Protecting the Heritage of Urban Art in Buenos Aires
BUENOS AIRES, ARGENTIA - There is a rich culture of urban art in Buenos Aires and Graffitimundo, a grass roots organization which is made up of a group of urban artists, as well as those involved in the arts and media, is doing its utmost to protect the unique urban art heritage of the city.
They recently raised $36,000 through a kick starter fund raising project to produce a film entitled, ‘White Walls Say Nothing,’ which looks at urban art and activism in Buenos Aires. The film will also act as an archive as urban art is of course sometimes ephemere. Filming has already started and is due to be completed in July 2013.
The turbulent political and economic history of Buenos Aires has given it a unique, often symbiotic relationship with urban art and the artists that produce it. Iconic Mexican mural artists such as Diego Rivera have had an enormous impact on urban art not only in Argentina but in Latin America as a whole.
The origins of the Mexican muralist movement stemmed from political and social activism. However whilst the Mexican muralist movement was spreading through Latin America the repressive regime at the time meant that large scale public pieces which epitomized the movement were impossible in Buenos Airies.
However, no amount of repression could stop artists from expressing themselves and by the 1920s, stencil art was flourishing in the city. The ‘origins’ of this form of urban art are often wrongly attributed to Paris and New York. However, Buenos Aires was already ‘showcasing’ stencil art long before it became a ‘fashionable’ form of urban art elsewhere.
In 2001 the tragic economic crisis which hit Argentina as a whole lead to an explosion in urban art in the city of Buenos Aires, as the population vented its anger and frustration at the extreme poverty which began to pervade the city. Some artists felt that the sheer amount of political graffiti at this time was having a negative atmosphere on the already depressed Buenos Aires. Artist’s collectives such as DOMA began creating more positive forms of urban art on the walls such as enormous colourful cartoon characters.
One of the aims of Graffitimundo is to facilitate an interaction and exchange between the inhabitants of Buenos Aires and the art which lives and breathes on its walls. It should be no surprise then that Graffitimundo runs stencil workshops to allow participants to create this form of urban art themselves. The number of participants in the workshops is limited to enable a maximum exchange between participants and those facilitating the workshops. The cost is reasonable, at $60 for four hours with material included.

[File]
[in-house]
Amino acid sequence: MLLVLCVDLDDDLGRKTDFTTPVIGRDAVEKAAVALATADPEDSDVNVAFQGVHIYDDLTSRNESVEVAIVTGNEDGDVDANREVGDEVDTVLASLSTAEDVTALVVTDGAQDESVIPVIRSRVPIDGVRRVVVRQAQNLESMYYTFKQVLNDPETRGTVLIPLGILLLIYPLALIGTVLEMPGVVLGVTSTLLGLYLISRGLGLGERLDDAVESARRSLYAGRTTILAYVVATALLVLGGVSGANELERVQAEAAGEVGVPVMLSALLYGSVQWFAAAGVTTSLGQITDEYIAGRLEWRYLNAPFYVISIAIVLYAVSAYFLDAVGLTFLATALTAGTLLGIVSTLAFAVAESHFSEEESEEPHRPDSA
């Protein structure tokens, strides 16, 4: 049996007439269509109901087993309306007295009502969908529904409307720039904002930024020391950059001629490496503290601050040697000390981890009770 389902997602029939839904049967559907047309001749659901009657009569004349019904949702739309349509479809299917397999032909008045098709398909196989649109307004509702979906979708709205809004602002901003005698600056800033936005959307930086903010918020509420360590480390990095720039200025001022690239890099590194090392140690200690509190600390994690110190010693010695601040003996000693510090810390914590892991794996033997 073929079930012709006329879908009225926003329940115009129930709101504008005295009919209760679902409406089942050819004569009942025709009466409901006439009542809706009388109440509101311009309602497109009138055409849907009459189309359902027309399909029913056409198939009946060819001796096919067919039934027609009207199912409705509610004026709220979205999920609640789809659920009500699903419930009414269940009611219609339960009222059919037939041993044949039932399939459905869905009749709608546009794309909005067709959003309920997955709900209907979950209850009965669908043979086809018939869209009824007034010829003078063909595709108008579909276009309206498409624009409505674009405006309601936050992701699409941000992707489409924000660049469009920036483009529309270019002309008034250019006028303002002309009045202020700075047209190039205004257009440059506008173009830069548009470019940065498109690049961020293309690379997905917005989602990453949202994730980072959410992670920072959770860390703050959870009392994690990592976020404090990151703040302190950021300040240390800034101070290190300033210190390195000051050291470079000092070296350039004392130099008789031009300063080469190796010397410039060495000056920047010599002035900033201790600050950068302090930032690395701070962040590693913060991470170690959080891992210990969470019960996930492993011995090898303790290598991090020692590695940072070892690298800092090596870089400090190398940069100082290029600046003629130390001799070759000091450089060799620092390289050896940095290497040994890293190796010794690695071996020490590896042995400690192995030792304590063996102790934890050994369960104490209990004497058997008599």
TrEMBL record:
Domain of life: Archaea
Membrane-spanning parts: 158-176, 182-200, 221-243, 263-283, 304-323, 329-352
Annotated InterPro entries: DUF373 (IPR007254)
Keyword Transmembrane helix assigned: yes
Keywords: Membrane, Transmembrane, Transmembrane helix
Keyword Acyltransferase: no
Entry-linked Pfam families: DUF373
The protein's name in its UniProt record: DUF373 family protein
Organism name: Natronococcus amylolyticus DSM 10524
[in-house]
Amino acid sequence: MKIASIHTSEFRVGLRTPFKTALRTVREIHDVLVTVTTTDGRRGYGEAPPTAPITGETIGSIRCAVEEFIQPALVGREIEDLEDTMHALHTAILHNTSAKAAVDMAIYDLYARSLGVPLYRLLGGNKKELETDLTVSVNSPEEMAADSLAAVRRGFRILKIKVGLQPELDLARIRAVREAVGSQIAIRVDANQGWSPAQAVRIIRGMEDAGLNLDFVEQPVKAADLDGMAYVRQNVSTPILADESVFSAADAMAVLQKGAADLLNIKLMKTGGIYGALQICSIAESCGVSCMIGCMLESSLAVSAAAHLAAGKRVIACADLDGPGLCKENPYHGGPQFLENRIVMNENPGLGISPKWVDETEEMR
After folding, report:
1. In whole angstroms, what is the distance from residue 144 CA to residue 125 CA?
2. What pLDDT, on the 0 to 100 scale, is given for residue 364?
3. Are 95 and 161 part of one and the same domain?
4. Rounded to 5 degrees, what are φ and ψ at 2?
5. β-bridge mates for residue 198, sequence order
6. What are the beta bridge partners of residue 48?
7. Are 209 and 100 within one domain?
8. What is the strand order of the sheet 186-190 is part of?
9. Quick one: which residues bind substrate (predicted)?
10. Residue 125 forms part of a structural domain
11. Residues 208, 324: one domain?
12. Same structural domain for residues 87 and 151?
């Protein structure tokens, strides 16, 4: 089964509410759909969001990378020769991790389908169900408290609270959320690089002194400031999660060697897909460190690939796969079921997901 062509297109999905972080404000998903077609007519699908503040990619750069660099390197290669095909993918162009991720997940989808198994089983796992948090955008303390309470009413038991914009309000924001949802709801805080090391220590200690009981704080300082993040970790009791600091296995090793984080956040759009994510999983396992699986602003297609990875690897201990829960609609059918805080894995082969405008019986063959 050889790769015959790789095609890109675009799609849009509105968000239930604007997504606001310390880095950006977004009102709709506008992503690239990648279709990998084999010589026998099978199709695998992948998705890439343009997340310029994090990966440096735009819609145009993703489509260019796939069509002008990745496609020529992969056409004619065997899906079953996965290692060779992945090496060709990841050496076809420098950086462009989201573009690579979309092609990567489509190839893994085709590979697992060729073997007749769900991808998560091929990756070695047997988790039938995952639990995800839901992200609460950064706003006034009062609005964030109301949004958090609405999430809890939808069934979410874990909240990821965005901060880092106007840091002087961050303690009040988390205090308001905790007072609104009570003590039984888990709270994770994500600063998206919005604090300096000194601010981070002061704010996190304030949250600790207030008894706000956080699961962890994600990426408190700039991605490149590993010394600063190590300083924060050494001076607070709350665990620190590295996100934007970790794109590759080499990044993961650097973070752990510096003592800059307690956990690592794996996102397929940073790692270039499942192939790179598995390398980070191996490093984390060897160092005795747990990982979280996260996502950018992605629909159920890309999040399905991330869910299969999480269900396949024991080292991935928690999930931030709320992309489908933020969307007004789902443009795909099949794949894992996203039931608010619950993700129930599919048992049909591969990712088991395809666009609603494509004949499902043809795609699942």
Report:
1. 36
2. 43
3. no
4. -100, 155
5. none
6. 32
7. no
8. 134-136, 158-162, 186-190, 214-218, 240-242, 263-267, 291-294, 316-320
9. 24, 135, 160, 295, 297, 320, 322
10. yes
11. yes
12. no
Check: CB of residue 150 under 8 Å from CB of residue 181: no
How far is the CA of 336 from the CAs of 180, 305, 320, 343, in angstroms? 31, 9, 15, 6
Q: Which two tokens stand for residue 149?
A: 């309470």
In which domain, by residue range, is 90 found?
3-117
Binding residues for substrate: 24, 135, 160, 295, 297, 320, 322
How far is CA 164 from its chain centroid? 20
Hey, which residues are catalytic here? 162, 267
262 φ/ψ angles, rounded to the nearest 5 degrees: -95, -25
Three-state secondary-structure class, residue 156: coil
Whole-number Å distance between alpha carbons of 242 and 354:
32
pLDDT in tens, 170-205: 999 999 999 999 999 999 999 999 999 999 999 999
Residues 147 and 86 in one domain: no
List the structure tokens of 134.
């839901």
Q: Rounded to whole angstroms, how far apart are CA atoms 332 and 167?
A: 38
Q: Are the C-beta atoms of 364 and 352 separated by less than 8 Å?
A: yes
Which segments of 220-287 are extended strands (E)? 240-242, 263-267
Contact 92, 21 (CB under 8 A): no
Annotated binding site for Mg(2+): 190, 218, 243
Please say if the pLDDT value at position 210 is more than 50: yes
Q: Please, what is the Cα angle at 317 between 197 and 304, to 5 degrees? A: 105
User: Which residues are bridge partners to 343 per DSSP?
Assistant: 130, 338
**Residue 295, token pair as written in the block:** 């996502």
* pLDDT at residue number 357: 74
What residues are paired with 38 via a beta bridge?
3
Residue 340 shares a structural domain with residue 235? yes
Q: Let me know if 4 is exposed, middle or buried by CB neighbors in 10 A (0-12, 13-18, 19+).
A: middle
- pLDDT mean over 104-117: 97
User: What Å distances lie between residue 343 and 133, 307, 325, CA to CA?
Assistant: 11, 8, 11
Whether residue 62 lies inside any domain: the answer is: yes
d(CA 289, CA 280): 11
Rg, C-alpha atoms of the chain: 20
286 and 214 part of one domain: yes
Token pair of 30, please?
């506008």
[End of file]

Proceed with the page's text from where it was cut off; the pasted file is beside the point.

Graffitimundo also organises urban art tours in the city, for visitors or those already living there. However one of its most worthwhile projects must be that which involves Conviven, a non profit organization based in Ciudad Oculta that promotes comprehensive social community development of children. In Buenos Aires and the surrounding areas there are approximately 500 Shanty Towns where acute poverty is rife.
As part of their social projects with the children living in these shanty towns, Conviven provides a space for recreation, education, and other artistic activities. Graffitimundo takes the children on urban art tours, allowing them to have first hand experience of the art in the city, ‘their city.’
Graffitimundo also facilitates workshops where the children and artists create urban art together (as seen in photos 1 - 3).
Urban art has more than often been used to channel frustration and anger at social divides or racism, with Graffitimundo it is used to bring people together!
Photo 1: courtesy of Other, Jaz, and Ever
Photos 2 & 3: courtesy of Graffitimundo